Journal of Applied Microbiology, Vol.121, No.4, 973-987, 2016
Structure elucidation and biological activity of antibacterial compound from Micromonospora auratinigra, a soil Actinomycetes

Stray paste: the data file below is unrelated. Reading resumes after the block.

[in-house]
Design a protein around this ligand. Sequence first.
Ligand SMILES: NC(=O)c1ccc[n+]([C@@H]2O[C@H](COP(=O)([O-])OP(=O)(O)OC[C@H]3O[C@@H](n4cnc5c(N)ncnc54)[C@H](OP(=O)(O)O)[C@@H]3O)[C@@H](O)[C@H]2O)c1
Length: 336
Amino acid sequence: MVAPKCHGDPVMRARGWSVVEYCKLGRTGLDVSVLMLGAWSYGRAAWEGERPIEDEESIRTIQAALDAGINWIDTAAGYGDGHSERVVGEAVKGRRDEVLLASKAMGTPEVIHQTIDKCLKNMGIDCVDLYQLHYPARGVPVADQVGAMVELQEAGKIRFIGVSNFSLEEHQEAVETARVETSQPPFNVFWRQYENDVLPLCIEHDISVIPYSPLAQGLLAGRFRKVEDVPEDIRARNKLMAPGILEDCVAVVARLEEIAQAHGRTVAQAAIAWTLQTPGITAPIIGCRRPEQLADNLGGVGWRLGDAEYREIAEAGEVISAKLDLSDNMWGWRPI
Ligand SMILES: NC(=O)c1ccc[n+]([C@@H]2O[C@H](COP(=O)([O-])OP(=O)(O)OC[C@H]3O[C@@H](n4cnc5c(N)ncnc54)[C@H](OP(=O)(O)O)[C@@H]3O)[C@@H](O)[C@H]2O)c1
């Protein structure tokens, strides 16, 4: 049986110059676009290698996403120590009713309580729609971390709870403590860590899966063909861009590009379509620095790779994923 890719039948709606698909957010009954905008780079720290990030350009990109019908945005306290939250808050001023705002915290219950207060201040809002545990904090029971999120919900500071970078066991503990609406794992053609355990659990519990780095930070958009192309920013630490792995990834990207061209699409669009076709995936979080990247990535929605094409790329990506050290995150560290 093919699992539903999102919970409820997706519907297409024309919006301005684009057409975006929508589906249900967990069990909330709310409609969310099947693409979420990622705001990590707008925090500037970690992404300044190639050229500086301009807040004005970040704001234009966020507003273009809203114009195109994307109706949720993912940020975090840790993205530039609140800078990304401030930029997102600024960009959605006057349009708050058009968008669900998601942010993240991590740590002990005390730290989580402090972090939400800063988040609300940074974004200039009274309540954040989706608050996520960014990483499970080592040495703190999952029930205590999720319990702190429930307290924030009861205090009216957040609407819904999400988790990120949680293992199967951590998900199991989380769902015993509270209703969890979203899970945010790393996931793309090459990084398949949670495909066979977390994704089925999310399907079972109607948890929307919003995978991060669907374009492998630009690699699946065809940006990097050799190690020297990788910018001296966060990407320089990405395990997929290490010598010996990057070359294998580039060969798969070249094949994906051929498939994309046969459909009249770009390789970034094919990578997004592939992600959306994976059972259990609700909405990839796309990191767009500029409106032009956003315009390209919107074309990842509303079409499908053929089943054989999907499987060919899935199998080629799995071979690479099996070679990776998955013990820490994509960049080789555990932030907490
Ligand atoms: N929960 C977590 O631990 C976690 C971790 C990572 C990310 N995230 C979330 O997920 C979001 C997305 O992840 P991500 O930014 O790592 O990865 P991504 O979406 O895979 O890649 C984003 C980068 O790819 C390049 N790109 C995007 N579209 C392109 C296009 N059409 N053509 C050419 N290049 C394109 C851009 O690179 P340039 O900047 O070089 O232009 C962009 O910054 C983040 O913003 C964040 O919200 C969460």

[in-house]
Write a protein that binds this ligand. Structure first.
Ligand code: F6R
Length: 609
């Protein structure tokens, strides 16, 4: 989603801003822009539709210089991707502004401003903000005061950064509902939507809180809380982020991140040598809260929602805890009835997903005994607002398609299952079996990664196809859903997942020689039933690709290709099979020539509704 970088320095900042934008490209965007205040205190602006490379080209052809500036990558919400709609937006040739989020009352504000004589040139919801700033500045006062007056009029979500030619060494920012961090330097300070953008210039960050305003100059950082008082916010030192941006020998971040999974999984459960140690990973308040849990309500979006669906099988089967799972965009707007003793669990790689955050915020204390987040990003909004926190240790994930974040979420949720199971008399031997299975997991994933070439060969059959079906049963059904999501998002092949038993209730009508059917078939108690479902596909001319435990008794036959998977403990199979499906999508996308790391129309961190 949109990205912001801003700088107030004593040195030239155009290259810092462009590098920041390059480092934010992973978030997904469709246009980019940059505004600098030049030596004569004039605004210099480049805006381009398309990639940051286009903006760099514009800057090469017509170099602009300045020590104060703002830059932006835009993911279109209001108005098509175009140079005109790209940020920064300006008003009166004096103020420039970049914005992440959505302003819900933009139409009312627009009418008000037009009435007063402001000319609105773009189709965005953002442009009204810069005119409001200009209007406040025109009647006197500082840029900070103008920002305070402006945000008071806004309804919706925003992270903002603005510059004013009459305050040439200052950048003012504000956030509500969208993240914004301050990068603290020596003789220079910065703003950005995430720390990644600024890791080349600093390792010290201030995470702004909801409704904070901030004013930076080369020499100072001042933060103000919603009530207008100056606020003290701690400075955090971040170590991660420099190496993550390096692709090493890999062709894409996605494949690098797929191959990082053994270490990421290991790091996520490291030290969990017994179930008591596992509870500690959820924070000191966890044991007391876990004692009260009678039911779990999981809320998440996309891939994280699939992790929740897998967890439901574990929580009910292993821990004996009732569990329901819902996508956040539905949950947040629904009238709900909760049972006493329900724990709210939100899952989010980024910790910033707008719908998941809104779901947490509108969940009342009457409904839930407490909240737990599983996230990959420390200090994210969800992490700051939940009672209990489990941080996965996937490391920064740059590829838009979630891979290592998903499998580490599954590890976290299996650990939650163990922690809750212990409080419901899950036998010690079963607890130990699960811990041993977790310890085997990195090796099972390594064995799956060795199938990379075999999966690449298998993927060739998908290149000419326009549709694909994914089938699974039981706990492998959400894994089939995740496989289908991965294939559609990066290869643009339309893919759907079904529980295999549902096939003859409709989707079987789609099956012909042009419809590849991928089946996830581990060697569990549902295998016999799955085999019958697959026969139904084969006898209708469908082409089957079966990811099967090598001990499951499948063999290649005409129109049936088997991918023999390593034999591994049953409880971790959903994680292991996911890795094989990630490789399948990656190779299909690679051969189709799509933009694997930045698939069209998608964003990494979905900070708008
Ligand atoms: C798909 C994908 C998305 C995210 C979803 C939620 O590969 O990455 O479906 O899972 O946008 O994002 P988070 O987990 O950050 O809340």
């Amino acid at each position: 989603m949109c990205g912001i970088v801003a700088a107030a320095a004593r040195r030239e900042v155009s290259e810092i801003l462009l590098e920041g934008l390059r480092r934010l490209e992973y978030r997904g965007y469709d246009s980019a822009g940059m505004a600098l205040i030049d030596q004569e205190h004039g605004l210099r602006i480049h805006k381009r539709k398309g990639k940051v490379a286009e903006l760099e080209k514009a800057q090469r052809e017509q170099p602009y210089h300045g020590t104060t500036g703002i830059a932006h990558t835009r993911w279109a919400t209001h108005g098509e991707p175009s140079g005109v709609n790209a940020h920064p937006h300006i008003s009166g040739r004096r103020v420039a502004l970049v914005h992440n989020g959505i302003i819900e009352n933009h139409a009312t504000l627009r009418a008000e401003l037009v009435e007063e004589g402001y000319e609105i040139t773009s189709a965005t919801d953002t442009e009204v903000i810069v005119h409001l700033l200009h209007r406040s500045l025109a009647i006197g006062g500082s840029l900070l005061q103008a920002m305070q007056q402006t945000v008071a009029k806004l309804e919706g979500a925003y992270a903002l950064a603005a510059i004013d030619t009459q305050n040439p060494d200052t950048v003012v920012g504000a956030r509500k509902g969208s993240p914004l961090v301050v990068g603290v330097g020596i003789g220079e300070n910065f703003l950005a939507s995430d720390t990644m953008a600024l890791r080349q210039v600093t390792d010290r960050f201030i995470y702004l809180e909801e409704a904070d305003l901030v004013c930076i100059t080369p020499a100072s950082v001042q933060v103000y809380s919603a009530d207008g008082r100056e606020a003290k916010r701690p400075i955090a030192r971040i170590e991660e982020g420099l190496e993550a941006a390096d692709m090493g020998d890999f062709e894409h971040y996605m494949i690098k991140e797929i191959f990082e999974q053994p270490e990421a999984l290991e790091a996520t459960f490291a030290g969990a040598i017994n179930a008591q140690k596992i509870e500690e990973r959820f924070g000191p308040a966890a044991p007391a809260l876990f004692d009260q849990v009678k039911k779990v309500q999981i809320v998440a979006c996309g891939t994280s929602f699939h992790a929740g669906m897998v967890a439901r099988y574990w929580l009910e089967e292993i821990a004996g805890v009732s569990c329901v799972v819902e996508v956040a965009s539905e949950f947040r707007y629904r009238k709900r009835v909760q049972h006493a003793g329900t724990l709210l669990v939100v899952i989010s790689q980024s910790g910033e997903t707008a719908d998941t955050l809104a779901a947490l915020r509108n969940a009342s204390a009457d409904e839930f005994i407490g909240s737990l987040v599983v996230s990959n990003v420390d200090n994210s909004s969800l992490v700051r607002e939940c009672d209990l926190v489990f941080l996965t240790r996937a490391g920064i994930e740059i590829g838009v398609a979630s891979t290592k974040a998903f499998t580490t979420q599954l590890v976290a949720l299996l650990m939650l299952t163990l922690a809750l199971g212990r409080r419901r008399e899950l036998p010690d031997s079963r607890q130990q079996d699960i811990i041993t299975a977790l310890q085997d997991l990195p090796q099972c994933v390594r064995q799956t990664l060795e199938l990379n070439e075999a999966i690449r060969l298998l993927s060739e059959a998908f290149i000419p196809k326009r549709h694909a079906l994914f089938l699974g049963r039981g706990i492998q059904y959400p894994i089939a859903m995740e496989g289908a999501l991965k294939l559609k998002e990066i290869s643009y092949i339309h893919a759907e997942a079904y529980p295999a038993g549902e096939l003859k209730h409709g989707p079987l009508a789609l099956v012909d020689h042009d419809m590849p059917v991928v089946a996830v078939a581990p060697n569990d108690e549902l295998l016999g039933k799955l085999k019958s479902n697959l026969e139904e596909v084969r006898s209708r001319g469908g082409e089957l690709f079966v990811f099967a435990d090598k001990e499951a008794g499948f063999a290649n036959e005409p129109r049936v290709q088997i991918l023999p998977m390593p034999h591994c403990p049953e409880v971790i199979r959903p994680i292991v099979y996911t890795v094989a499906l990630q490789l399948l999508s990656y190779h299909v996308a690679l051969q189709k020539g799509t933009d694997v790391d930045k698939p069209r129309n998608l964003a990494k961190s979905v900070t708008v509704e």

AimsThe aim of this study was to isolate and characterize the bioactive compound of Micromonospora auratinigra, HK-10 and its antibacterial inhibitory mechanism. Methods and ResultsAn oily bioactive compound was extracted from HK-10 (GenBank accession no. ) and found to have promising antibacterial activity. The compound was characterized as 2-methylheptylisonicotinate (1) by H-1, C-13 NMR and mass spectroscopy. Minimum inhibitory concentration (MIC) of this molecule was tested by micro broth dilution method and was found to be 70, 40, 80, 60, 60 and 50g for Staphylococcus aureus, Bacillus subtilis, Proteus vulgaris, Echerichia coli, Pseudomonas aeruginosa and Mycobacterium abscessus respectively. The effects of compound 1 were studied on bacterial membrane structure using scanning electron microscopy. The results indicated a membrane-disrupting mechanism, resulting in the dysfunction of the cytoplasmic membrane structure and cell death of the pathogenic bacterial strains. Kinetics of growth of the test organisms was also analysed and indicated 2-methylheptylisonicotinate 1 as a bactericidal agent. Furthermore, we have studied the binding affinity of 1 towards different membrane proteins of pathogenic bacteria by in silico analysis. Conclusions2-methylheptylisonicotinate was isolated from M.auratinigra, a rare actinobacterial strain possessing antibacterial activity through a membrane-disrupting mechanism, and has MICs similar to standard antibiotic neomycin sulphate. It is the first report about a strain of M.auratinigra, isolated from Indo-Burma biodiversity hotspot of North-east India with new antimicrobial activities. In silico studies have also supported these results performed on various membrane targets of pathogenic bacteria. Significance and Impact of the StudyThe antibacterial potential of M.auratinigra is reported for the first time. The results indicate the possible use of 2-methylheptylisonicotinate as a source of antibacterial agent against dreaded human pathogens.